Pheu Thai Party’s Impatience and Prime Ministerial Ambitions

thailand political landscape

Tensions Between Pheu Thai and the Move Forward Party

As Thailand’s political landscape continues to evolve, Pheu Thai, the primary opposition party, has grown impatient with the Move Forward Party (MFP) and its leader Pita Limjaroenrat’s efforts to secure the prime minister position. Pheu Thai deputy leader Phumtham Wechayachai expressed his concerns about the economic problems facing the nation, which cannot wait for the MFP to keep nominating Pita. He highlighted that Pheu Thai has three prime ministerial candidates ready for the job.

Constitution Amendment and Senators’ Voting Rights

Pita made his path to the prime ministership more challenging when he announced intentions to amend the constitution. The amendment would remove the appointed senators’ right to participate in the vote for prime minister along with the elected members of the House of Representatives. Out of the current 249 senators, only 13 voted to support Pita for the premiership on July 13th.

Phumtham believes that Pita should not indefinitely continue the MFP’s campaign to have him elected prime minister and to revoke senators’ right to vote for a prime minister. If it fails twice to get Pita elected, this would allow Pheu Thai to take the lead in forming the new government.

Eight Party Alliance and Challenges to Forming the Government

“The goal of the eight political parties is to speed up the formation of the new government,” Phumtham said, referring to the alliance that includes MFP and Pheu Thai. However, ending senators’ right to vote for the prime minister was not part of the memorandum of understanding approved by the eight parties.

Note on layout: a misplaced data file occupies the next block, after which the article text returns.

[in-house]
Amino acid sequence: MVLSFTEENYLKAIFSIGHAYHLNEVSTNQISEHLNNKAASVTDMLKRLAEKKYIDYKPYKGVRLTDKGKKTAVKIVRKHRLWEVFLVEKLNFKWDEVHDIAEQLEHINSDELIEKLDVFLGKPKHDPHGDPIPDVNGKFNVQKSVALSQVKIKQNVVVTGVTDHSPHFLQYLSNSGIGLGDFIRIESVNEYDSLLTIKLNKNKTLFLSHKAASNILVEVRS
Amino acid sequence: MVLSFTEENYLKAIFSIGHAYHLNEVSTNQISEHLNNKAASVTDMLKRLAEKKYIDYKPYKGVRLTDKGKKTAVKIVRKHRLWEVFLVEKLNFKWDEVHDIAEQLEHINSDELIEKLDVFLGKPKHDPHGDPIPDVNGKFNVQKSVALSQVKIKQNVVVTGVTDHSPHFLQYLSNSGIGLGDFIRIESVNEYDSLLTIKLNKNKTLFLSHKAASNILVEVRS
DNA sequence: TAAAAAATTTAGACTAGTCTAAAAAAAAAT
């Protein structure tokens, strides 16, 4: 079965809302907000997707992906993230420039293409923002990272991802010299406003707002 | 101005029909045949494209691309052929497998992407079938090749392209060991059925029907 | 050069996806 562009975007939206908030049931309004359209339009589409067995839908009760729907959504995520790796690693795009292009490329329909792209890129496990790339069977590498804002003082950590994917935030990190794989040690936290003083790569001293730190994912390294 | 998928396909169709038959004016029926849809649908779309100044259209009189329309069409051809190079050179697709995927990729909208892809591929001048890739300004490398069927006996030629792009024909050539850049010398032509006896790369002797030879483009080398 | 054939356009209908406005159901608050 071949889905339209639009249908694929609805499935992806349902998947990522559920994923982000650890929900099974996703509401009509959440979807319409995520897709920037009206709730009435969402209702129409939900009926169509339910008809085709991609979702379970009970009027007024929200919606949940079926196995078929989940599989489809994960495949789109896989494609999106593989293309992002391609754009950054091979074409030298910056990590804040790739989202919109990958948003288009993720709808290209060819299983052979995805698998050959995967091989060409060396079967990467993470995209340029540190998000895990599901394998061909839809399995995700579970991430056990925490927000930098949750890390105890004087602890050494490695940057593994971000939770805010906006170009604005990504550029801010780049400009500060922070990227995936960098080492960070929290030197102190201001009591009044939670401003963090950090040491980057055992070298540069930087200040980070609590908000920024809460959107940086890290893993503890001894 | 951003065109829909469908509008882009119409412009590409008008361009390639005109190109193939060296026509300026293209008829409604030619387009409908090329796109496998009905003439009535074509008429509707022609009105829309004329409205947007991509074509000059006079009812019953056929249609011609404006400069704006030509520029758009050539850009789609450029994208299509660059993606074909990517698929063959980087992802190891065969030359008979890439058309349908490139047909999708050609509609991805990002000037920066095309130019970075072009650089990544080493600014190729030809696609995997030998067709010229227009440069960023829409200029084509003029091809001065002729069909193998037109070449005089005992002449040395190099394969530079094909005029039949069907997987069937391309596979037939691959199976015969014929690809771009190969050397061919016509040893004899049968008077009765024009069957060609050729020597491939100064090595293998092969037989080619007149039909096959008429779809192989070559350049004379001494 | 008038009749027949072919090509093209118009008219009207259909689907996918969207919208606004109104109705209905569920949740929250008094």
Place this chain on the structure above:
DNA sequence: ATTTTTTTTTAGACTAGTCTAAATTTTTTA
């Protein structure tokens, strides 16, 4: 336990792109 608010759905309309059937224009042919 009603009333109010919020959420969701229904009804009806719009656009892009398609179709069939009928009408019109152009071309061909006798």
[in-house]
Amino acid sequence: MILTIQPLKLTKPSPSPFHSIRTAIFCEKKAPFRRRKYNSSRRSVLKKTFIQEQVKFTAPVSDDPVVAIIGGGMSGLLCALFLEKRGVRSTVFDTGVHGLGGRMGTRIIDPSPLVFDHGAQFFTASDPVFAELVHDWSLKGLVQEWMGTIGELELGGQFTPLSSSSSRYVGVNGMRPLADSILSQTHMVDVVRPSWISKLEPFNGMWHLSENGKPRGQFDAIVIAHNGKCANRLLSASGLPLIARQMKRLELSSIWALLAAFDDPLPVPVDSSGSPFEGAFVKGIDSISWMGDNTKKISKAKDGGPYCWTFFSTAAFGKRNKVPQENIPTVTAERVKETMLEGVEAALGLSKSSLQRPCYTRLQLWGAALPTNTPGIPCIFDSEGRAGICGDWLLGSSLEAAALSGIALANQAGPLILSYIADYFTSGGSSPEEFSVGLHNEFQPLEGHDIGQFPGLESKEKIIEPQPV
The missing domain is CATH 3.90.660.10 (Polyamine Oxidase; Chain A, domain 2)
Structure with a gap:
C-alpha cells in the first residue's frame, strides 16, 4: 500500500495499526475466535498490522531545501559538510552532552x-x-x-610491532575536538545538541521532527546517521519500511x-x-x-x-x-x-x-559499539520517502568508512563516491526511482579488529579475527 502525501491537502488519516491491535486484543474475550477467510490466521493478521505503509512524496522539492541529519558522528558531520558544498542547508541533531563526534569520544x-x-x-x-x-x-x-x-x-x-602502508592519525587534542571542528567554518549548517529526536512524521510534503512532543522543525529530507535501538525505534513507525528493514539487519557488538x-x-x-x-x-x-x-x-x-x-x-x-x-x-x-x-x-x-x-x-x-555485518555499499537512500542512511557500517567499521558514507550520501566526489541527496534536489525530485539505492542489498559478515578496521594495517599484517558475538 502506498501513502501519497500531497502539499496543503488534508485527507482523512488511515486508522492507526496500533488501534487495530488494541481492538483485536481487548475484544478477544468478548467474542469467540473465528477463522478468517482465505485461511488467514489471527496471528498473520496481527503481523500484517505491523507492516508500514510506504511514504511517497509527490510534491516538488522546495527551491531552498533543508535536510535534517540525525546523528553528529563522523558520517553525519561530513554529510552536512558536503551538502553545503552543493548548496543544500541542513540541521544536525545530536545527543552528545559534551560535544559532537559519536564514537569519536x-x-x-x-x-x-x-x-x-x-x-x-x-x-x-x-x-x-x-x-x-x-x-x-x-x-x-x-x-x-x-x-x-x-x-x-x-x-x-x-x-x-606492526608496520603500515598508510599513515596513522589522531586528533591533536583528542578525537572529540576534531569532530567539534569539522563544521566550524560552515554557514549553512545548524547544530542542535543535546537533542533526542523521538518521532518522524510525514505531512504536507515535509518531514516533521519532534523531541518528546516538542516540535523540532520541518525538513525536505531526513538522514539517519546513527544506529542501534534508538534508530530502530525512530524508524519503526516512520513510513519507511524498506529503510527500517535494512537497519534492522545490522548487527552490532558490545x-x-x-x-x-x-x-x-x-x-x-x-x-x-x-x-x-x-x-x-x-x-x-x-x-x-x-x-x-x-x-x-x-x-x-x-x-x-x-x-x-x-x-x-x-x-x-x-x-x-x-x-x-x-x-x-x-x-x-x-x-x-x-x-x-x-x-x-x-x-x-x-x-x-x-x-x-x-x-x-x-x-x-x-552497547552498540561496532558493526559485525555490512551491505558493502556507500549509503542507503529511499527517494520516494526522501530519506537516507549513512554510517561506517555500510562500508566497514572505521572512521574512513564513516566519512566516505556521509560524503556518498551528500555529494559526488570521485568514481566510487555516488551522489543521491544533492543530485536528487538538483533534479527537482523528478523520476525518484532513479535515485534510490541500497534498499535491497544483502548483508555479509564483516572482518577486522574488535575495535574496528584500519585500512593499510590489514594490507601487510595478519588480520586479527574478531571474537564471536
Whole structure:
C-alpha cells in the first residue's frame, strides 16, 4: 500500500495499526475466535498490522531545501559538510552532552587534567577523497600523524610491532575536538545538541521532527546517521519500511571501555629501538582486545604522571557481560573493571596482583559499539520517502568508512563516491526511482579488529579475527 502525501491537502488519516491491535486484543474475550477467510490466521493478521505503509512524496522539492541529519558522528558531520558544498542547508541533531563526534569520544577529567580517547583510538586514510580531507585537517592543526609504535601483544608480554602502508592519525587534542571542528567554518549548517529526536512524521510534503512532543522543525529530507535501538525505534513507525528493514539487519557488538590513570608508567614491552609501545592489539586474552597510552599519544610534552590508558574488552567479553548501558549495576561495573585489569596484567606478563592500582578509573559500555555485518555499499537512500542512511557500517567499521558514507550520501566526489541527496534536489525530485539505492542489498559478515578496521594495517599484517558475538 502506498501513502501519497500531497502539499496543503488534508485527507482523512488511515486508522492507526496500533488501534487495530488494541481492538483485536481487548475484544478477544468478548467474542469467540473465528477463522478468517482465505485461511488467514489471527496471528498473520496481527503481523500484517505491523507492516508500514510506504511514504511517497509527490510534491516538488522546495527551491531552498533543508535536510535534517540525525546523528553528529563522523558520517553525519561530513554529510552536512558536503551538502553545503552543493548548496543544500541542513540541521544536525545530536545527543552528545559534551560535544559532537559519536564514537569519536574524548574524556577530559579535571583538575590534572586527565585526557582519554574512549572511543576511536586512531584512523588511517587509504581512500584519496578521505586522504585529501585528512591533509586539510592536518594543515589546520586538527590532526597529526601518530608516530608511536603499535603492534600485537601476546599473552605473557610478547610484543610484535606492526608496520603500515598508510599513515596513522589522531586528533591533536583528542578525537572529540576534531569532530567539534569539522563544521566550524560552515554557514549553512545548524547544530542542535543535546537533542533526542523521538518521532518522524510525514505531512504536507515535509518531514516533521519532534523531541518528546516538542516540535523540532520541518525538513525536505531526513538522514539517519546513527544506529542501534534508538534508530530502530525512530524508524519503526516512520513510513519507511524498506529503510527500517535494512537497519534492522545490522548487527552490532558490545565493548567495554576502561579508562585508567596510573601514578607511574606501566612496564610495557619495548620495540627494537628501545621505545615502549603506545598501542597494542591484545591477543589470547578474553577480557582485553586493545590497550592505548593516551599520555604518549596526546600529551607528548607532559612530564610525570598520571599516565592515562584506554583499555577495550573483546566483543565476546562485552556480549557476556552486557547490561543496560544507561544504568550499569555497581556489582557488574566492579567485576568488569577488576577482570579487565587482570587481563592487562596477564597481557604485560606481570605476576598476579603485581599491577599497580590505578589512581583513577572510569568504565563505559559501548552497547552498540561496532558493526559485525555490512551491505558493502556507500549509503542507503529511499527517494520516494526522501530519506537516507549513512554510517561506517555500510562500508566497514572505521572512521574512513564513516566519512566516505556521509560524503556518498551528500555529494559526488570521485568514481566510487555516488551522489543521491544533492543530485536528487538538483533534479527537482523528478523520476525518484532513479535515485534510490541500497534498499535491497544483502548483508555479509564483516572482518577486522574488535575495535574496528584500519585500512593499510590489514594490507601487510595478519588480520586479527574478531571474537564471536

Phumtham warned that if they cannot reach an agreement on the issue of the prime minister, other parties may form a minority government. These other parties had 188 votes and could win the support of the 249 senators, giving them a majority vote from both chambers.

Pheu Thai’s Prime Ministerial Candidates

Pheu Thai remains committed to maintaining the eight-party coalition but seeks a clear answer rather than continuing the voting process for the prime minister without a solution for the country. “We cannot wait until next year because national problems are now very serious,” Phumtham said. “Do not worry about Pheu Thai’s candidates. We have three candidates. When things are clear, we can make a nomination right away.”

The candidates for the top job from Pheu Thai are Paetongtarn Shinawatra, Srettha Thavisin, and Chaikasem Nitisiri. When asked about a senator’s promise to vote for a Pheu Thai candidate if MFP is excluded from the coalition, Phumtham acknowledged that this was another factor for consideration.

The Path Forward for Thai Political Parties

As the political landscape in Thailand remains uncertain, it is crucial for the eight-party alliance to find common ground and work together to form a government that can address the country’s pressing issues. The impatience of Pheu Thai and their prime ministerial ambitions, along with the constitutional changes proposed by Pita, add further complexity to the situation. The parties must navigate these challenges to ensure a stable and effective government for the people of Thailand.